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Colorado weather: How much rain to expect this week

Rain and thunderstorms return to much of state, while the high country is getting snow
A flash flood warning sign at Cherry Creek Trail across Sunken Gardens Park in Denver on Friday, May 12. (Stephanie Rivera/CPR News)

Colorado skies are dark and gloomy, but it isn’t because of wildfire smoke. It’s thanks to a series of late-spring rainstorms.

Thunderstorms and rain have been rumbling over most parts of the state recently. That’s expected to continue over the next week, said Scott Entrekin, a National Weather Service meteorologist.

“There (will) probably be more of your typical afternoon showers and thunderstorms that we're normally more used to,” Entrekin said. “But there will still be enough moisture … that we'll probably see a good round of these (storms) pretty much every day this week.”

Rainfall isn’t expected to reach the levels seen in the early May rainstorm that left several counties under a flood watch and turned tame creeks into overflowing rivers. In Colorado Springs, the Denver Metro and parts of Northern Colorado, the heaviest rainfall isn’t expected to exceed half an inch per hour.

The Cameron Peak burn scar area in Larimer County was under a flood watch on Sunday. That advisory was in effect until Sunday evening and warned that heavy, sudden rain could cause flooding near streams and areas with poor drainage.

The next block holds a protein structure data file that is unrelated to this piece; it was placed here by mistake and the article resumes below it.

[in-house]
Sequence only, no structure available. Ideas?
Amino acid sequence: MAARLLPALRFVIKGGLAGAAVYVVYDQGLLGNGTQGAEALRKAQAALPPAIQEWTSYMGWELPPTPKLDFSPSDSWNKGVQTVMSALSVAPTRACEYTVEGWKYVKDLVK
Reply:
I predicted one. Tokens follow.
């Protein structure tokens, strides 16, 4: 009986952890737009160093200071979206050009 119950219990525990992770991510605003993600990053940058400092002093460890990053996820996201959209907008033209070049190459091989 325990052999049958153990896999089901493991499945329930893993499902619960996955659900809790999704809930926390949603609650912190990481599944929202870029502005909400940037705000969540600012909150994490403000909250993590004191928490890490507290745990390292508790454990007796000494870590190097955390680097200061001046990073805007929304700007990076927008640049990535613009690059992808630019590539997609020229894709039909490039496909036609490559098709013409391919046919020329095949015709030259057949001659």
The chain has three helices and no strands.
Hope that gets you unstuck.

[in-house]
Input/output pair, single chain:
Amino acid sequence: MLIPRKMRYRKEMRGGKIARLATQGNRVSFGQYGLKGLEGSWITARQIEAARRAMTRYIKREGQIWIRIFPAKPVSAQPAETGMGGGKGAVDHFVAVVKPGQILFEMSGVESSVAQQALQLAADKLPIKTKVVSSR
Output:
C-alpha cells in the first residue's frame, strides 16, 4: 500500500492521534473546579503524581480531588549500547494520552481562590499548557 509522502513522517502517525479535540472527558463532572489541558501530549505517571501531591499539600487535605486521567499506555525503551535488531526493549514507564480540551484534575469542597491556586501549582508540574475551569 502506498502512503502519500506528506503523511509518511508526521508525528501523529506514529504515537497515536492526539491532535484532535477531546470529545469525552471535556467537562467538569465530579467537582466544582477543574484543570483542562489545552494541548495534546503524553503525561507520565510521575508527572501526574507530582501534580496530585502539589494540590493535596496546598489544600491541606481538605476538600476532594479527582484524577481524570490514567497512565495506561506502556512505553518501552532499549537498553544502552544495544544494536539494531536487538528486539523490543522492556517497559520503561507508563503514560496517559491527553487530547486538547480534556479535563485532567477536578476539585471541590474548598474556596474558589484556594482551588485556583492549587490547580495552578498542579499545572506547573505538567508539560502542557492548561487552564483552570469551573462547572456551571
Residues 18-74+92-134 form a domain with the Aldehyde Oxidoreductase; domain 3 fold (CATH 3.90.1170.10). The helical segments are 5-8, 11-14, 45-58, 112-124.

The Western Slope can also expect to see afternoon thunderstorms this week; however, heavy rain is likely to be isolated in the higher elevation parts. Temperatures are returning to seasonal levels, with highs expected in the mid-80s.

In some of Colorado’s highest peaks, snow is falling on mountains and the unseasonably cool weather is causing hazardous road conditions in some areas.

Since last month, parts of the Front Range have seen up to 9 inches of rain, according to Colorado State University’s Colorado Climate Center. That’s helped pull large swaths of the state out of extreme and severe drought conditions; however, experts say it won’t lessen the effects of long-term drought.

Climate experts are predicting a wetter year for the greater United States, thanks to the return of El Niño. However, the effects of El Niño, a weather pattern brought on by warmer ocean waters and weaker trade winds, do not always apply to Colorado due to the state's distance to coastal areas.

To read more stories from Colorado Public Radio, visit www.cpr.org.